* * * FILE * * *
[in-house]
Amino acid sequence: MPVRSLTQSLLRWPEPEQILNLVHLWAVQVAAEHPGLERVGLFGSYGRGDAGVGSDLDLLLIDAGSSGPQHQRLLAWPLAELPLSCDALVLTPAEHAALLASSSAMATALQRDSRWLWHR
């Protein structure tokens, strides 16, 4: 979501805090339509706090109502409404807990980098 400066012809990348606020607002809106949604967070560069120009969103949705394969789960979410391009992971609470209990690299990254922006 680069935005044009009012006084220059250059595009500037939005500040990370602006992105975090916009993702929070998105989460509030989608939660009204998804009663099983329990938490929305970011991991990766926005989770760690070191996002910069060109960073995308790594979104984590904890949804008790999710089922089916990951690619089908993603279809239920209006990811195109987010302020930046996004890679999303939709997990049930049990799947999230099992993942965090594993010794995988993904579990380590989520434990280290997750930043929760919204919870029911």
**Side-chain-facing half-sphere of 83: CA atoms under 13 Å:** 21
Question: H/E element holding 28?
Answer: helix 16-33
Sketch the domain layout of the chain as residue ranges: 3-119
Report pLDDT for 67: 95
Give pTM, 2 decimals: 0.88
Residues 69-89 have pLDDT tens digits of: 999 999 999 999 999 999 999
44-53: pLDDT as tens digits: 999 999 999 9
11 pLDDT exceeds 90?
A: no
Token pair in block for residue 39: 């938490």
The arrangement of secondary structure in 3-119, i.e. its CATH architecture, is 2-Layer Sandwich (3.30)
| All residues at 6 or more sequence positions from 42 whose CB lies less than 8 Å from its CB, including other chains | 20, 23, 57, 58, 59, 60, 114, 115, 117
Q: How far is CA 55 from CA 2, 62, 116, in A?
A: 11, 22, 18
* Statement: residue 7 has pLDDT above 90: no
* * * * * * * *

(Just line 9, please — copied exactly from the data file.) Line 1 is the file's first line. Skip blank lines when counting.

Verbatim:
Give pTM, 2 decimals: 0.88